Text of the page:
Balancing communications in a crisis

1 May 2020 | 4 min read | News
Clearly Team

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“Communication is key but as a leader it is important to not over-communicate too frequently.– Nigel Pearson, Manager of Watford FC.  

When crisis hits, communication is key both internally and externally to ensure that staff, clients and your wider network are kept in the loop with how you and your business are managing and operating. But crisis communication is a game of perfect balance; too much communication can be overwhelming and may lose its purpose and meaning, whereas too little may cause you to come across as cowardly or ignorant.  

So, what needs to be considered for impactful, thoughtful and steady communication? 


Getting your tone and choice of words right is crucial during a crisis but, don’t feel like you must reinvent yourself during hardship. What your clients and employees will need is authenticity – they’ll want you to be recognisable and honest.  

Also, think carefully about the content that you put out, is humour going to be appropriate? Is more formal language needed? Are GIFs and polls the correct way to reach your audience? Being sensitive with your communication is crucial, a crisis isn’t the time to be putting be people off you and your business.  

Enhance what you already have, don’t replace it 

As a business, you’ll (hopefully) have a clear communication channel already set in place so there’s no need to start from scratch here, stick to what you know to deliver a clear and concise message internally and externally.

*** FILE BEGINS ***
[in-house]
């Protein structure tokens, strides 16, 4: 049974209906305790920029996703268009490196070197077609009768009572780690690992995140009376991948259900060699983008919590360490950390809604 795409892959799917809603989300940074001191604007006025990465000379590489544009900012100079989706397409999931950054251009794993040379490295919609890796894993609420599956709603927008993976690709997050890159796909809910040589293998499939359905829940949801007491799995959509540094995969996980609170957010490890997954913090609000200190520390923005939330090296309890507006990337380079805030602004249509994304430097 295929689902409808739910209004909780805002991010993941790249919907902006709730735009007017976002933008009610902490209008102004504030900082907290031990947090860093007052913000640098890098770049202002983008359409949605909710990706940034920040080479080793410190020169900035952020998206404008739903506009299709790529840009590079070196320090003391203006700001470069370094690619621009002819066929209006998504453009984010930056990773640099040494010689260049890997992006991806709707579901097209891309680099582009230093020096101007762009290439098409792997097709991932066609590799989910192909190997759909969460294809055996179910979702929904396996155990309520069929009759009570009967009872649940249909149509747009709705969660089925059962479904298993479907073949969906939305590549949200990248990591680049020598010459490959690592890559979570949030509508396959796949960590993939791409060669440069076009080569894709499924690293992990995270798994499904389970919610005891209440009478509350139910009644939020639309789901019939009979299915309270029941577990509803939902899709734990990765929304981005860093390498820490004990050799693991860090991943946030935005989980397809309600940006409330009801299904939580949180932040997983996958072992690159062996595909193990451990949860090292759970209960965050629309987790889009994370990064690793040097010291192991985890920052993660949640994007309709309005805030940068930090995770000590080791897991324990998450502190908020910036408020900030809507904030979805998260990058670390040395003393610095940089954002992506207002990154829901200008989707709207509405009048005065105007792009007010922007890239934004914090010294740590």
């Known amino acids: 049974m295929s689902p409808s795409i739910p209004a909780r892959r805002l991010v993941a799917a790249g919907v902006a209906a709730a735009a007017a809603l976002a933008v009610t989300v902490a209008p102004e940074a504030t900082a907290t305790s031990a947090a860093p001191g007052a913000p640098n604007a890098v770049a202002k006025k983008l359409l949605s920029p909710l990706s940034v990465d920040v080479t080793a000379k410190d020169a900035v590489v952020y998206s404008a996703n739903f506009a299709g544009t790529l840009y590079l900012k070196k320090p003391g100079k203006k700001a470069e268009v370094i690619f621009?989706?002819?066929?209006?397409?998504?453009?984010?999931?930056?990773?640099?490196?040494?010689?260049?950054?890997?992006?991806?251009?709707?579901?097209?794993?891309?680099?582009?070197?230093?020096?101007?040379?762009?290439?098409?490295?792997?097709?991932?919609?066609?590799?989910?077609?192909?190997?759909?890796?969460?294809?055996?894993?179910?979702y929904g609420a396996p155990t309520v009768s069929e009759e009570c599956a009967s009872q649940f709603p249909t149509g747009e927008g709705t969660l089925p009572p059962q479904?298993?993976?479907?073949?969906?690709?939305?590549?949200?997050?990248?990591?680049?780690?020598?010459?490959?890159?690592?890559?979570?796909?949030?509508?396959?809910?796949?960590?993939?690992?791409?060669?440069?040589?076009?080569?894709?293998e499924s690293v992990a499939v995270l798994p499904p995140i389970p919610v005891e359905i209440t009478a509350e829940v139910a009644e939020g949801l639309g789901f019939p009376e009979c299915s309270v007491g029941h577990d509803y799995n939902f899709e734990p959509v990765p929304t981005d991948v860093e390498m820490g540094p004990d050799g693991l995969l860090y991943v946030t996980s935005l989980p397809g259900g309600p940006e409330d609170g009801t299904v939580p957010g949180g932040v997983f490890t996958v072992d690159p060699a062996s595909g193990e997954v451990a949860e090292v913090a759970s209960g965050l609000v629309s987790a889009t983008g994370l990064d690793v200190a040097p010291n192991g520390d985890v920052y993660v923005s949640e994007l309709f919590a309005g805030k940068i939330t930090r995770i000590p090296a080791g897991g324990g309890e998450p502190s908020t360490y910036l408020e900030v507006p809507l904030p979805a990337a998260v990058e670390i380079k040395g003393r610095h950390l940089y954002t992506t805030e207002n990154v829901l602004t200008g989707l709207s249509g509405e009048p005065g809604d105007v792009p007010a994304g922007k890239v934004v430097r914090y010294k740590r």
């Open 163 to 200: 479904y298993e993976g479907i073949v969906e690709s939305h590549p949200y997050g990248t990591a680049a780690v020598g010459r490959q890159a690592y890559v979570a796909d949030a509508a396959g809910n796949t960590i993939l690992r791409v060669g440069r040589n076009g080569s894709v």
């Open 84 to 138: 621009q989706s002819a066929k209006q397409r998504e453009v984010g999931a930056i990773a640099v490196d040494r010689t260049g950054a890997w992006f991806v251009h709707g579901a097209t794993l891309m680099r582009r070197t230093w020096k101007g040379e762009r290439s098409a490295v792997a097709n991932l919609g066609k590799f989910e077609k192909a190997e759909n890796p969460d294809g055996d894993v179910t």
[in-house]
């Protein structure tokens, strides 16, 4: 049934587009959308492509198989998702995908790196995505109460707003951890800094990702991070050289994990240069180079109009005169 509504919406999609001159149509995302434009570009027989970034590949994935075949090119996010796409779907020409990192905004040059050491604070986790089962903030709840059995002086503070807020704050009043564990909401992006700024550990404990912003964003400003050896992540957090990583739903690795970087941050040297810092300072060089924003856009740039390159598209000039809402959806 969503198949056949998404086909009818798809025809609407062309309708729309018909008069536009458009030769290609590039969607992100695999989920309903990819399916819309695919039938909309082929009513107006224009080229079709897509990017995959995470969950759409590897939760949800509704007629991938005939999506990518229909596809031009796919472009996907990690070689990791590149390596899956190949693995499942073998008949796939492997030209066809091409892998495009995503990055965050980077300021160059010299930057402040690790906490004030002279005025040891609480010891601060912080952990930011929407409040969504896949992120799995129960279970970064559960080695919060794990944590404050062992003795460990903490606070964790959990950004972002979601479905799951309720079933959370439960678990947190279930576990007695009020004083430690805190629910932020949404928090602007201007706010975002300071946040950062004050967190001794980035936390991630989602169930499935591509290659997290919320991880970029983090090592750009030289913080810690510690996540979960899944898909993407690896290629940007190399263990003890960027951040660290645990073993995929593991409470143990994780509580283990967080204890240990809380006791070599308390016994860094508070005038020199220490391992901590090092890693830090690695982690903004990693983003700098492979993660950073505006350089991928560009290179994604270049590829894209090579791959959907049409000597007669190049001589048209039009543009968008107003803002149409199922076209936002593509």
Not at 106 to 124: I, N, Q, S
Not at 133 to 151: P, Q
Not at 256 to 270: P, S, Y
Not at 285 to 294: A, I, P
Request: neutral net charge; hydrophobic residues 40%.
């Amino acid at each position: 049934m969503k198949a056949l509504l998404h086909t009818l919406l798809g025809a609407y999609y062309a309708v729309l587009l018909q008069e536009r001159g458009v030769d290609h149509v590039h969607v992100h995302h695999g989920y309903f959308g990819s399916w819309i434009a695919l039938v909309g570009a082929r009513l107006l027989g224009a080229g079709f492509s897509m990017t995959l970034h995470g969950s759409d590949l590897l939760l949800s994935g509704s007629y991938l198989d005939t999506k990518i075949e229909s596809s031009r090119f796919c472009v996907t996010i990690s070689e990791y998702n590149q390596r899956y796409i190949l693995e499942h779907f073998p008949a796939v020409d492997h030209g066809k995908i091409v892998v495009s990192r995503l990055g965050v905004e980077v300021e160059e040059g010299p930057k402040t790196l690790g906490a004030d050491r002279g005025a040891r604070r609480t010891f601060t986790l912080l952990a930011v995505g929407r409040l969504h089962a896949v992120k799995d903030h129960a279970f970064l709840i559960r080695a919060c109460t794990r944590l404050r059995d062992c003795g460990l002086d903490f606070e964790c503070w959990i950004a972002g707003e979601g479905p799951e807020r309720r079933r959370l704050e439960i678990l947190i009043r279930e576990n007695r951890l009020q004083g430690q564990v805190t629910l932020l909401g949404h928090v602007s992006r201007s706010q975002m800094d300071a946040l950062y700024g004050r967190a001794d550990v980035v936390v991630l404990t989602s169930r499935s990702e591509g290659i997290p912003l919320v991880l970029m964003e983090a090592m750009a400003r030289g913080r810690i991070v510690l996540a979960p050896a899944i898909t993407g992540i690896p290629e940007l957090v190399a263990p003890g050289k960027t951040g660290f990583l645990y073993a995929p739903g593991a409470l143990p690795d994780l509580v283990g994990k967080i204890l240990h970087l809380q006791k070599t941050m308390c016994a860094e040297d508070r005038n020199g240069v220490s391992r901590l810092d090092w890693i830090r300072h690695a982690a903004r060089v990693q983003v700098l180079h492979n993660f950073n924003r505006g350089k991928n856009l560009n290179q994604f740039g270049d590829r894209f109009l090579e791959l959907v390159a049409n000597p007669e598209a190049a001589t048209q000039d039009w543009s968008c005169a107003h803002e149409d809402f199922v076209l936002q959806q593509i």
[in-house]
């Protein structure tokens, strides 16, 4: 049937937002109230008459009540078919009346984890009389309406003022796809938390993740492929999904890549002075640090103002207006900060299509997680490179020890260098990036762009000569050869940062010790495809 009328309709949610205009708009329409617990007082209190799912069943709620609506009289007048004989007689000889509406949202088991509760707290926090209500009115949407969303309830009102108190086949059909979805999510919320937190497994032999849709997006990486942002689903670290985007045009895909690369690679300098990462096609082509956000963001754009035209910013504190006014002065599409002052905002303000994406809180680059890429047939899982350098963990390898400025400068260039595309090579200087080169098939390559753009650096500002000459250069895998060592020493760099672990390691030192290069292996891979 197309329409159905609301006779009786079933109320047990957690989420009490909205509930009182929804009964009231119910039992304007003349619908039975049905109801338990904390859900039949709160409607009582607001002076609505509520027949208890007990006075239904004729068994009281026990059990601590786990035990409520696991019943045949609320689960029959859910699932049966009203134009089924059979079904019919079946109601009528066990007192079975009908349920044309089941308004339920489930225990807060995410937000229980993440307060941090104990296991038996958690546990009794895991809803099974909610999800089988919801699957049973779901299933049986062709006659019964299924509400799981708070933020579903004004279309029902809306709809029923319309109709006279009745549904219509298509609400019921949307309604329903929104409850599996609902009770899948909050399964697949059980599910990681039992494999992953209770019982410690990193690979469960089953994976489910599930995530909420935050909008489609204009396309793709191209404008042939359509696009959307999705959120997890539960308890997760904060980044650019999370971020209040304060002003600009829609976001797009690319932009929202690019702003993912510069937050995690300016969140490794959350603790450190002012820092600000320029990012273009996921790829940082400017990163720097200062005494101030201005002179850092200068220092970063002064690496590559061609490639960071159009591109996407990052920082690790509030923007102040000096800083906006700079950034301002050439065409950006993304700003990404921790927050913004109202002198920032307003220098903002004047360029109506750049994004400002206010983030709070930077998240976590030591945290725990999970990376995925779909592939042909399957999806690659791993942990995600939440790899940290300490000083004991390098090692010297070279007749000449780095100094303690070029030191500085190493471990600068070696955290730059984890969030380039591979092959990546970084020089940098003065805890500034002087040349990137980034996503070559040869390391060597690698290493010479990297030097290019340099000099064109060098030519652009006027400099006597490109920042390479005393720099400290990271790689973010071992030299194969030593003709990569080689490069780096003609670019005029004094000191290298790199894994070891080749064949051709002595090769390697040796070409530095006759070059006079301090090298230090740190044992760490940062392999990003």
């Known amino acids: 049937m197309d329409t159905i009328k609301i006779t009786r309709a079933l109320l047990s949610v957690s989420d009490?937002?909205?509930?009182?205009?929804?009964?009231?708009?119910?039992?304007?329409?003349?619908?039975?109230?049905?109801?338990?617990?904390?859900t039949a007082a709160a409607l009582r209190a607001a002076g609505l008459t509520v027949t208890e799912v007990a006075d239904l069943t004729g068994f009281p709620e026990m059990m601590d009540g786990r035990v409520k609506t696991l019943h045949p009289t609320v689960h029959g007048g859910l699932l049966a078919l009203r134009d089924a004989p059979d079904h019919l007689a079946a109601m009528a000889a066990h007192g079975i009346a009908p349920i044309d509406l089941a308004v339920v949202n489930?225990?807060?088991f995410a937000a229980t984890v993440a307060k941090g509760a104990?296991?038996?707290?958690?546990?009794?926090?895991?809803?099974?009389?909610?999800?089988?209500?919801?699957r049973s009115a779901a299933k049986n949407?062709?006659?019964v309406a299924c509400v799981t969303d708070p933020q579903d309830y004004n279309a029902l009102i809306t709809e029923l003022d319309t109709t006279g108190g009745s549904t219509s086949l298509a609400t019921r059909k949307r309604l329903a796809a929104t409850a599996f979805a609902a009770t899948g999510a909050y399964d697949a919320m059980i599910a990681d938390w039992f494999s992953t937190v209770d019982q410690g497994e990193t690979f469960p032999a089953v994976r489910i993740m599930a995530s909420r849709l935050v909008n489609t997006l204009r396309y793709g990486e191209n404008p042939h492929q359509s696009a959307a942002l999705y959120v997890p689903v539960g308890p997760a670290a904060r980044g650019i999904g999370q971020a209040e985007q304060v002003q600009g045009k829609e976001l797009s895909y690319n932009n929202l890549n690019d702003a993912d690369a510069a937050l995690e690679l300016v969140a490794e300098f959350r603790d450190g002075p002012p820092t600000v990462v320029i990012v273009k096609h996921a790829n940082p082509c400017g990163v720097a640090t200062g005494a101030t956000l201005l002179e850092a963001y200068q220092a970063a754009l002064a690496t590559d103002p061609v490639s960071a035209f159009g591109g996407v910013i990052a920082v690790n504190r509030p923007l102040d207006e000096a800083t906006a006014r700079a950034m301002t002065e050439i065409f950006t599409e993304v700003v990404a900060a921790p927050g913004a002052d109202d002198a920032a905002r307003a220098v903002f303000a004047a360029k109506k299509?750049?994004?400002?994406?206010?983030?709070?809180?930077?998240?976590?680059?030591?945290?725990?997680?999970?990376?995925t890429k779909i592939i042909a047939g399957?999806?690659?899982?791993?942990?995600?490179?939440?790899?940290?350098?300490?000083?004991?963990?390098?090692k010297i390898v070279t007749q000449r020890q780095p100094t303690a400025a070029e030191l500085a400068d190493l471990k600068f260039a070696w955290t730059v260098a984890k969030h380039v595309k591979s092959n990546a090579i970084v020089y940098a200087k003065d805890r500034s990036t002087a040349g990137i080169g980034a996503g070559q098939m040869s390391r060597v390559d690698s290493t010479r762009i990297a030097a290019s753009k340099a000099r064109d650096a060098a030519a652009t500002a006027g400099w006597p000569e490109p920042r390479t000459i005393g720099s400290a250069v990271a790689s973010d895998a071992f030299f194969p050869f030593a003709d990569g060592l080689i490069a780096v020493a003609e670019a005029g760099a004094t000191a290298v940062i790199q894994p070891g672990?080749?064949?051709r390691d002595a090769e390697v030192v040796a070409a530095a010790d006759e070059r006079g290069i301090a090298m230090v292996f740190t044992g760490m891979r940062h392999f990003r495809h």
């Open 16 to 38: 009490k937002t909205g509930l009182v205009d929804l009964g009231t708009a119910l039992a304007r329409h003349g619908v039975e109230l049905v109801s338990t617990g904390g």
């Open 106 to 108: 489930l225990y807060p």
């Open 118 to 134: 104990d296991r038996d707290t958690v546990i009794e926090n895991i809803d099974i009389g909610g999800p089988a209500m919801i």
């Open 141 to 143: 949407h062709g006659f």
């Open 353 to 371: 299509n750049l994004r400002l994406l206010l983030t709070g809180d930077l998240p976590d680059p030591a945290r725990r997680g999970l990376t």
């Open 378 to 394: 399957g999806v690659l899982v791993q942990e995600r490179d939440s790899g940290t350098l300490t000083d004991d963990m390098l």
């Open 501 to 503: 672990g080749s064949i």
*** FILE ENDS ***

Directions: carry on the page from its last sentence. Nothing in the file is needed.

When it comes to choosing spokespeople, it’s important to use employees to their strength instead of choosing someone because of their job title. Business owners or Managing Directors are a face that should be seen in this process but, from there choose people who will be able to deliver communication to a high standard to avoid any PR issues further down the line.  

Lastly, don’t use this as an opportunity to push new messages out there unless you can really back them up. A crisis is not the time to surprise staff and clients, it’s a time to reassure and strip all conversation to the basics. Save anything new until the storm has passed.  

Tell, don’t sell 

A crisis is not the time to be flogging your waresEven if what you have on offer is of genuine use, it’s not the time to be boasting about how brilliant you are.  

During difficult times, it’s important that businesses of all sizes switch from a selling to telling mindset; you’ll find that you’ll gain a lot more traction and engagement by offering help, not being a hindrance. This doesn’t have to mean giving away every trick in the book but, by offering pieces of advice and insights, your service and your business will come out stronger after a crisis – you won’t be viewed as a short-term money grabber but a long-term relationship maker.  


This can feel like a grey area for any business, even when there’s no crisis. The amount that you should be posting can be hard to judge, especially with the ever-changing algorithms of the internet. Factors such as what industry you’re in or the stage of growth you’re in can all change how often you should be communicating.   

However, a crisis can call for a different communications strategy to normal which might mean that frequency might be slightly higher for a while if there’s some information the audience genuinely need to know. But don’t post just for the sake of it, ensure your communications have a point and are useful to your audience.  

Whether the crisis is something your business is battling internally or an issue on a national or international scale, it’s key to have a clear plan in place about how you are going to communicate internally and externally to ensure your business can come out as well, or potentially stronger, than before.